The news that Mayor Carolyn Kirk would back the request from Scott Memhard and his Cape Pond Ice company to be lifted out from under the state’s Designated Port Area development mandates — and the word that local lawmakers Bruce Tarr and Ann-Margaret Ferrante are already working on the legislation to carry out that request at the State House – are welcome signs that officials recognize the problem confronting Memhard and perhaps other waterfront property owners.
Now, we can only hope the City Council next week gives its endorsement to the Cape Pond Ice DPA relief being sought in those quarters by City Councilor and former four-term mayor Bruce Tobey, showing the state that indeed city and local state officials are united in their push to gain the kind of help Cape Pond needs.
But when the council takes up that measure, it should also support Tobey’s second push to have a second property lifted from the DPA’s handcuffs as well; that’s the city-owned I-4, C-2 property, which remains vacant more than three years after the city acquired it for $1.5 million, splitting the cost with the state’s Seaport Advisory Council, which holds sway over the DPA in the first place.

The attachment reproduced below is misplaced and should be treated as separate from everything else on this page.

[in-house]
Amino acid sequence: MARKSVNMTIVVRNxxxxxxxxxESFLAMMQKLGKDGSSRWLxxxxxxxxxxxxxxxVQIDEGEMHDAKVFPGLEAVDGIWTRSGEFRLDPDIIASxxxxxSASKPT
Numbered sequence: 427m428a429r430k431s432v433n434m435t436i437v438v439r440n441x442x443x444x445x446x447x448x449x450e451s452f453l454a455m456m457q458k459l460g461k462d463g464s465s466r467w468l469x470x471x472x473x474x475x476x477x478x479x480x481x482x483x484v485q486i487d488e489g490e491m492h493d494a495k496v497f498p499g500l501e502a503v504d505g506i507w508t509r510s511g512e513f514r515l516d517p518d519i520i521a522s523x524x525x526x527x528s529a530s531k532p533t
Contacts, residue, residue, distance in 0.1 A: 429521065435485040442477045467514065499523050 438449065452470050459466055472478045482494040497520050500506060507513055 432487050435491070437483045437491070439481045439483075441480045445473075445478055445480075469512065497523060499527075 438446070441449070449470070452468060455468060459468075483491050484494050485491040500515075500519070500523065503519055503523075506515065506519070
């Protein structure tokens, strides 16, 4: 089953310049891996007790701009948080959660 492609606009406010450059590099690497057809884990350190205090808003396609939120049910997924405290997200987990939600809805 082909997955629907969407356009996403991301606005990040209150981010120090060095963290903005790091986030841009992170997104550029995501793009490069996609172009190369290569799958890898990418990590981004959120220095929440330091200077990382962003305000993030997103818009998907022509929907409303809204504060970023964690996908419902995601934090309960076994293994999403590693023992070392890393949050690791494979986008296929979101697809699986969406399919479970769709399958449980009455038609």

The move to seek DPA freedom for Memhard — and to do so through legislative action — should be a slam dunk with both arms of city government behind it, and with the support of Tarr and Ferrante in Boston.
Kirk is absolutely right in noting the exceptional case to be made for freeing up Memhard and Cape Pond Ice. Thanks to the government-induced and declared “economic disaster” within the fishing industry, Memhard is using roughly just a third of his space along Commercial Street, yet would be precluded by the DPA from converting any more than 50 percent of it to a non-water dependent use, such as a restaurant. And that’s a recipe for financial disaster.